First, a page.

// Obtain the media URLs to download from the vendor APIfunc (a *Activities) GetMediaURLsActivity(ctx context.Context, deviceId string) ([]string, error)
// Download the provided fileURLsfunc (a *Activities) DownloadFilesActivity(ctx context.Context, fileURLs []string) ([]string, error)
// Encode the provided input file to a specified output formatfunc (a *Activities) EncodeFileActivity(ctx context.Context, fileName string) (string, error)
// Merge the provided files into an output filefunc (a *Activities) MergeFilesActivity(ctx context.Context, fileNames []string, outputFileName string) (string, error)
// Upload the provided file to the internal apifunc (a *Activities) UploadFileActivity(ctx context.Context, fileName string) (bool, error)

Listing 3 The activities associated with the media processing workflow.

There are a couple points to highlight related to Listing 2, Listing 3, and Figure 2:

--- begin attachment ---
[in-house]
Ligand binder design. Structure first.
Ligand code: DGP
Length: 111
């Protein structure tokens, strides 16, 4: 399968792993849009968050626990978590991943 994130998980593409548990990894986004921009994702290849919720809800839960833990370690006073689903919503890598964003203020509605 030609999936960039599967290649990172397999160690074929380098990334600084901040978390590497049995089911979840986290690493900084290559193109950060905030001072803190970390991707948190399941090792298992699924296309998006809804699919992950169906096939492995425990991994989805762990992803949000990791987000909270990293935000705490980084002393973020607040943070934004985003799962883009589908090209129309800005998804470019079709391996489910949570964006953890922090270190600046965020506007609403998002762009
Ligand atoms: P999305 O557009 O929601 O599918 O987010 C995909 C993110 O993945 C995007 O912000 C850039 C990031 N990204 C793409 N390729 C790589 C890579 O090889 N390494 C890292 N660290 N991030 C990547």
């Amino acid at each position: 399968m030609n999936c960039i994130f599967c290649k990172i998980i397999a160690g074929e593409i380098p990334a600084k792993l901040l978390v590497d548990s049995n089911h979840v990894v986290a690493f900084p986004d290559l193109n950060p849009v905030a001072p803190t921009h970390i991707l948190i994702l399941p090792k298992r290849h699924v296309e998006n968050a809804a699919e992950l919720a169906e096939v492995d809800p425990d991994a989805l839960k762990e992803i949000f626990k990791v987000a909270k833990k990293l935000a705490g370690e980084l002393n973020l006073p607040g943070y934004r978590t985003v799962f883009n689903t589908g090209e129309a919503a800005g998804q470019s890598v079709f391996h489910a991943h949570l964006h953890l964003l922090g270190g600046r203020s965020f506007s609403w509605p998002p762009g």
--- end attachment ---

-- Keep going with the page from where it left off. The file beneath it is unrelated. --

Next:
• First, as mentioned earlier, the vendor API could return one of 3 responses: (i) success (ii) pending or (iii) not_obtainable. In the case of pending or if for some reason the vendor API errored (e.g. due to a network failure), the workflow would repeatedly retry the Activity as specified by the activity retry options. In the case of not_obtainable, the workflow completes early. Only in the case of success status does the workflow proceed with the remainder of the activities. In the code, to simulate each of these conditions, the mediastatus endpoint (which is part of the vendor API) probabilistically returns one of these 3 responses. To always return success, set the media_success_ratio field to 1.0 in the config.yaml file located in the vendor_api directory and restart the vendor API.